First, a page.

Well, most of the volunteers had a good time. Some found the whole thing a little confusing.

Well, most of the volunteers had a good time. Some found the whole thing a little confusing.

We had all three events capped at 16 participants. Epee filled up fast so we raised the cap to 24. We had 22 preregister for epee, 12 for foil and 14 for saber, but we had a lot of no-shows so epee was 17 and foil and saber were both at 10. These were good sizes, and we kept the events moving along pretty well in spite of a number of fencers doing multiple events.

Once someone was eliminated from all their events, they came to the bout committee for a ticket that they could use at the bar to get a beer. Multiple events = multiple tickets. We had a running (enormous) tab and this helped us make sure people got the right number of beers and helped the bartenders know which beers to put on our tab.

Carlos with his two beery prizes (for second place) and one post-tournament beer.

Carlos with his two beery prizes (for second place) and one post-tournament beer.

As for the fencing, we had a wide variety of fencers – some who’d been fencing for ages and a few who were basically beginners. There were some fencers who were also doing weapons they don’t usually fence, hoping to win the best-overall-result prize. The people who were just there to have a good time did have a good time, and the more serious fencers also got some good bouts in.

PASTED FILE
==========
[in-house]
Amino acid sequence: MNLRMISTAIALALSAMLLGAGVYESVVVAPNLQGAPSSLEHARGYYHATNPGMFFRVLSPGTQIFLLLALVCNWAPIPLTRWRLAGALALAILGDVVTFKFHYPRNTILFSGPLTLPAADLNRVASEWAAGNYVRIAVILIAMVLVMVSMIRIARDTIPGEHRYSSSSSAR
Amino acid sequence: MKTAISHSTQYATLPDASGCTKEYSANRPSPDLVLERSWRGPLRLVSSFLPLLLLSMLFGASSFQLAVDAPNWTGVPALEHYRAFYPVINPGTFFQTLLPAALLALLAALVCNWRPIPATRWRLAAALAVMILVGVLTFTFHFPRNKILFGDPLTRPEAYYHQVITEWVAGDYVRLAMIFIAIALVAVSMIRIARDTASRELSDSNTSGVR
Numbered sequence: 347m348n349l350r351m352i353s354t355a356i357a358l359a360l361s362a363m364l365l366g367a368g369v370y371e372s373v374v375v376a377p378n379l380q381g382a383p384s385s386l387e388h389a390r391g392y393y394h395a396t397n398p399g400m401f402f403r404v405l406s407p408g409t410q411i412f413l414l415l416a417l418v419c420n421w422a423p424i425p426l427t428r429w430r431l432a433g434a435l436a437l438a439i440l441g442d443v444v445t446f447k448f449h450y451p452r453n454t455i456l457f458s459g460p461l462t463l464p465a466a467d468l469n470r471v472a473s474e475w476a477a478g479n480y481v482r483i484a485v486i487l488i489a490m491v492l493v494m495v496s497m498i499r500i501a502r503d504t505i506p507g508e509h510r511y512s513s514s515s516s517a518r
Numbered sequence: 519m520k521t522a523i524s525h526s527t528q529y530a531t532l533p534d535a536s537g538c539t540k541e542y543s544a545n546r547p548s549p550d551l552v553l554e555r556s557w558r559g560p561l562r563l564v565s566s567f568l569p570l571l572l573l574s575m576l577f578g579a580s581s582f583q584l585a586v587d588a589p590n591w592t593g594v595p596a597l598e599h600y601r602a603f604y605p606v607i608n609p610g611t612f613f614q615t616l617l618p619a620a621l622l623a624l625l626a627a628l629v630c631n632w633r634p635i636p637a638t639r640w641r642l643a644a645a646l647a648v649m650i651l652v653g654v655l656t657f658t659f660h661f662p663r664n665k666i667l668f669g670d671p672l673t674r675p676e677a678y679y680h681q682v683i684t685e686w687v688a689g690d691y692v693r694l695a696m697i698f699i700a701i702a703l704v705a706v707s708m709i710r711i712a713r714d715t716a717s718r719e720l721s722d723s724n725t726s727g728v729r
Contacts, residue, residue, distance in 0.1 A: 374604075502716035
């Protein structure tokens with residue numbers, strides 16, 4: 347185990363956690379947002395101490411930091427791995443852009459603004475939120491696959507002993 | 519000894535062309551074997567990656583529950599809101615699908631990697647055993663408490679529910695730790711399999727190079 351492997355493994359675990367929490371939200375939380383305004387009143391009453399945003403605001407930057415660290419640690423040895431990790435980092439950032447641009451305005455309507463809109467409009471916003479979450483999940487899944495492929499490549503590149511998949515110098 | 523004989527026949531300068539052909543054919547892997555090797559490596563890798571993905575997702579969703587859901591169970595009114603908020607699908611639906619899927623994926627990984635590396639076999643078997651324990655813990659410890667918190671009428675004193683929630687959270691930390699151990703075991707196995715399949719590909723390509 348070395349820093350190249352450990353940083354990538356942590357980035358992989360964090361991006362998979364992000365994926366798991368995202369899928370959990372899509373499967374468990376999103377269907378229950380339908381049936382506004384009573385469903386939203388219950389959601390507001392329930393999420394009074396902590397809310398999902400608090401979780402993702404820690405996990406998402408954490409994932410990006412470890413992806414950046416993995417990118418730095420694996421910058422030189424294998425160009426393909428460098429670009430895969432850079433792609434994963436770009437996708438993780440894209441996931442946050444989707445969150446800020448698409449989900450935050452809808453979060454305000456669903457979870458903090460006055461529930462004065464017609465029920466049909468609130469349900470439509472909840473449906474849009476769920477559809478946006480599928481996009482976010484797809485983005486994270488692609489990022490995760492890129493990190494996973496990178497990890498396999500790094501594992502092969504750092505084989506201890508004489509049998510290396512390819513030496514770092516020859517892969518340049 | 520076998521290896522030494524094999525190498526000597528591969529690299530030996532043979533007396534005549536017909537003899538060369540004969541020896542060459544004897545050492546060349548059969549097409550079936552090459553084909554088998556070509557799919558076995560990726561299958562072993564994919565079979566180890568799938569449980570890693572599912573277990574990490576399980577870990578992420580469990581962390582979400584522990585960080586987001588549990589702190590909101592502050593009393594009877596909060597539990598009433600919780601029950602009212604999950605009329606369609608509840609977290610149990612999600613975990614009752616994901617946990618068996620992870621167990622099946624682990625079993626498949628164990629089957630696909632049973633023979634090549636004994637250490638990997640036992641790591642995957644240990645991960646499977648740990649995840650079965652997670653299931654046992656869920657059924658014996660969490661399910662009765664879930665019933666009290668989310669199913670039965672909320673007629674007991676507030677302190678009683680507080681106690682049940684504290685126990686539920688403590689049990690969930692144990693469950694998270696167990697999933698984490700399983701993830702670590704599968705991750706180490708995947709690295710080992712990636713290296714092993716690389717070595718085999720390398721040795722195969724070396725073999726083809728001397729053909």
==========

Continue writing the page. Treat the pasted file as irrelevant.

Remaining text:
The tournament was a blast, but there are a couple things we will do differently next year. We want to have a staff member whose primary job is to talk to the folks who are at the brewery for beer, to explain what’s going on and get email signups for anyone who wants to try fencing. The biggest change is that we definitely want to hold it earlier in the year. The end of April in Houston is just too hot for a semi-outdoor, unairconditioned tournament. We had a few people who had planned on fencing multiple events but as the day wore on it got to be too hot for them. Depending on the time of year, we may also reverse the order of events so that the most-lame’d people are fencing earlier in the day and the epeeists are last, so you shed layers as the temperature warms up.

It was hot. Some people got tired.

It was hot. Some people got tired.

We got over 500 amazing pictures from the tournament thanks to club member Kat Kelsch-Tournier. You can view the full album here, but I’ve pulled out a few (dozen) of my favorites below.

Are you a fencer who wants to come to next year’s Brash? Sign up for our mailing list to find out when it’s happening! Are you a club owner who wants to hold your own brewery tournament? Email me at liz@houstonswordsports.com if you have any questions, or if you want us to send your tournament info to our list!